Let’s first describe what is an agent in artificial intelligence. An intelligent agent is an autonomous entity which observes through sensors and acts upon an environment using actuators and directs its activity towards achieving goals. Intelligent agents may also learn or use knowledge to achieve their goals. They may be very simple or very complex.
When designing artificial intelligence solutions we need to consider aspects such as the the characteristics of the data (classified, unclassified, …), the nature of learning algorithms (supervised, unsupervised, …) and the nature of the environment on which the AI solution operates. We tend to spend big amounts of time in the first two aspects but it turns out, that the characteristics of the environment are one of the absolutely key elements to determine the right models for an AI solution. Understanding the characteristics of the environment is one of the first tasks that we need to do. From this point of view we can consider several categories.
Fully vs Partial observable
An environment is called fully observable if what your agent can sense at any point in time is completely sufficient to make an optimal decision. For example, we can imagina a card game where all the cards are on the table, the momentary site of all those cards is really sufficient to make an optimal choice.
An environment is called partialy observable where you need memory on the side of the agent to make the best possible decision. For example, in the poker game the cards are not openly on the table, and memorizing past moves will help you make a better decision.
Deterministic vs Stochastic
A deterministic environment is one where your agent’s actions uniquely detemine the outcome. For example, in the chess game there is really no randomness when you move a piece, the effect of moving a piece is completely predetermined and, no matter where I am going to move the same piece, the outcome is the same.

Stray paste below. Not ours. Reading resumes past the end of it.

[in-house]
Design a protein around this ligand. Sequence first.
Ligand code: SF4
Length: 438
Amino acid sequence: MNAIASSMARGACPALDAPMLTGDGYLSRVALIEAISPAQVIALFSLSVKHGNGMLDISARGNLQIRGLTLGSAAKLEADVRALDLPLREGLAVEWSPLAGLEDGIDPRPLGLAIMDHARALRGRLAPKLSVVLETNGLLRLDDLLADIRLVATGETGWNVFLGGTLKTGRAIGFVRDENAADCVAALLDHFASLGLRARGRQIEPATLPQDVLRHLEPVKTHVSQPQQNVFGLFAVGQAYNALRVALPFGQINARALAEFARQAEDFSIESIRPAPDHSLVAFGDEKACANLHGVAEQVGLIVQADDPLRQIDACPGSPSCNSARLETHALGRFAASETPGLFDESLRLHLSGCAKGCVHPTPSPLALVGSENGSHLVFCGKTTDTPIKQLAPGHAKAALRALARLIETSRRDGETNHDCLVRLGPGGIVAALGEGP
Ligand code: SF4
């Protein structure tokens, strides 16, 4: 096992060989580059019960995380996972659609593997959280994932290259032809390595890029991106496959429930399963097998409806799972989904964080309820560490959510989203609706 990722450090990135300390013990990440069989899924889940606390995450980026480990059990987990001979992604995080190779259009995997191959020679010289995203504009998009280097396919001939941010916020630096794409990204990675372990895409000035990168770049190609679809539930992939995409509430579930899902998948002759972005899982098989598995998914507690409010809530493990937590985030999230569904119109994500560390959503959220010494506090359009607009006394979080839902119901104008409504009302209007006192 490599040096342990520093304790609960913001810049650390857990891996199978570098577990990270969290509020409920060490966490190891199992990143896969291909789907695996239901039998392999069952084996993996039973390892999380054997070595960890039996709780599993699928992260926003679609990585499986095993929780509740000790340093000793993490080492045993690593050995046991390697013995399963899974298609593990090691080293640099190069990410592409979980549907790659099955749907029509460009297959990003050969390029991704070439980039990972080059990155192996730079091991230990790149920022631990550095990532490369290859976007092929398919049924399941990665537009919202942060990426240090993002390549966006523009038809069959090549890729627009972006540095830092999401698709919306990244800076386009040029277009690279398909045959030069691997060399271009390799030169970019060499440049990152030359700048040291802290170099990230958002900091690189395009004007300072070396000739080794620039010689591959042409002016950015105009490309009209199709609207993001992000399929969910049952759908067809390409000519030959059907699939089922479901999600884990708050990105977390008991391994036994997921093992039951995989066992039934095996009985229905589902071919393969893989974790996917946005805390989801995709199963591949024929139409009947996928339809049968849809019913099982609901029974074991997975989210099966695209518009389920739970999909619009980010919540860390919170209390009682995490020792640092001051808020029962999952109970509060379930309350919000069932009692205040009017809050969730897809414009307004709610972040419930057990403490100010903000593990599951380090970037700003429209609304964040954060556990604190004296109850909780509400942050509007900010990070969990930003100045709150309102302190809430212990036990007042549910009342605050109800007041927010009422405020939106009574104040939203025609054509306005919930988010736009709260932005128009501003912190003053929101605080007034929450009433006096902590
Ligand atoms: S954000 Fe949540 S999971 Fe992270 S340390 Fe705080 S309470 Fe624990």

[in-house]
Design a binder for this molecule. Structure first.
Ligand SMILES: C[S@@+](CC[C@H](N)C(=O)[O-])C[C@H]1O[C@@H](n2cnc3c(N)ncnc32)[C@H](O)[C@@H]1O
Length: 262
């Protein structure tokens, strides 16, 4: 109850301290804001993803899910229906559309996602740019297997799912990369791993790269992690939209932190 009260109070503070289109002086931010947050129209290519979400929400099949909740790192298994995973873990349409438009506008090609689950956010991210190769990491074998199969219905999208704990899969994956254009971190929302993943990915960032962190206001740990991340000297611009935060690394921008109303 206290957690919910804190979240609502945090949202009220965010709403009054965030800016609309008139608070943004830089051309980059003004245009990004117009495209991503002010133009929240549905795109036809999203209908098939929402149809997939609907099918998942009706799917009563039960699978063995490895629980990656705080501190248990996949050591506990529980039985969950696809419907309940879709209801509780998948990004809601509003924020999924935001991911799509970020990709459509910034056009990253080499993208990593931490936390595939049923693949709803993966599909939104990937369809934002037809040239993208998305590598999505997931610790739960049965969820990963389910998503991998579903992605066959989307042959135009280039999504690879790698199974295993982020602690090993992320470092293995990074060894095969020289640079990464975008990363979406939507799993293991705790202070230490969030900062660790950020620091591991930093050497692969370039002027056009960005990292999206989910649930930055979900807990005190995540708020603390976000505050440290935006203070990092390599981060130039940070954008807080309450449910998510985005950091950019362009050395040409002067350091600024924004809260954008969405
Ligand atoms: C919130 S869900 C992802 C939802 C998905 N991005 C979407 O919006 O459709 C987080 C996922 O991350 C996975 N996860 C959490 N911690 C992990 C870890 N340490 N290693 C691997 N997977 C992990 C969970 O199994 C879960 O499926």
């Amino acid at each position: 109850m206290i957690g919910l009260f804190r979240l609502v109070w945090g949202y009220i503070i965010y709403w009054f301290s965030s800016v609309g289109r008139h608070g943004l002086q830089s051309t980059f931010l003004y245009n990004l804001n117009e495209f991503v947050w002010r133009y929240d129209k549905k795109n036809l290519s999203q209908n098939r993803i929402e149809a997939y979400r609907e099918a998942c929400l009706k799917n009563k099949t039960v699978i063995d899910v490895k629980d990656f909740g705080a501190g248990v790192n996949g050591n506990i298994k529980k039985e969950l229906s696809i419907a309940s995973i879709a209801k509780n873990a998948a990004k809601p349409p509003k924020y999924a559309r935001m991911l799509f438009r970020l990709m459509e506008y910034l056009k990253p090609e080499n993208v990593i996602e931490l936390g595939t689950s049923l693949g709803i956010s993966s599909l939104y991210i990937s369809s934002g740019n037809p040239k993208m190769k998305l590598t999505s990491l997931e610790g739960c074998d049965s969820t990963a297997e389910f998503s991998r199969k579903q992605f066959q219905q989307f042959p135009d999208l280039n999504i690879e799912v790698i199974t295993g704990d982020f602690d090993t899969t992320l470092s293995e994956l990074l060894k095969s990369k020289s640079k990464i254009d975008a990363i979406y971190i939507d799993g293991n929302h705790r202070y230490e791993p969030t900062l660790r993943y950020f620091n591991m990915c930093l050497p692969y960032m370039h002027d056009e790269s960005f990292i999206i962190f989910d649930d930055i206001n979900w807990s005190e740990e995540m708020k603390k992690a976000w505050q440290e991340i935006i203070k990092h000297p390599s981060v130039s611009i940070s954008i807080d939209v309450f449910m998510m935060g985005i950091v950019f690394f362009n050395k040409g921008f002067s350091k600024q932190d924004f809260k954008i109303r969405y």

A stochastic enviroments there is a certain amount of radomness involved. Games that involve a dice, are stochastic. While you can still deterministically move your pieces, the outcome of an action also involves throwing the dice, and you cannot predict it.
Discrete vs Continuous
A discrete environment is one where you have finitely many action choices, and finitely many things you can sense. For example, the chess has finitely many board positions and finately many things you can do.
A continuous environment is one where the space of possible actions or things you could sense may be infinite. In the game of dards, throwing a dard we have infinite ways to angle it and accelerate it.
Benign vs Adversarial
In benign environments, the environment might be random, it might be stochastic, but it has no objective on its own that would contradict the own objective. Weather is benign, it might be ramdon, it might affect the outcome of your actions but it is not really out there to get you.
In adversarial environemnts, the opponent is really out to get you. In the game of chess the enviroment has the goal of defeat you. Obviously, it is much harder to find good actions in adversarial environments where the opponent actively observes you and counteracts what you are trying to achieve than in benign environments.
I have seen a few more classifications or specifications but, more or less, all of them list the same categories or very similar categories.
Note: Article based on my notes of the course Intro to Artificial Intelligence | Udacity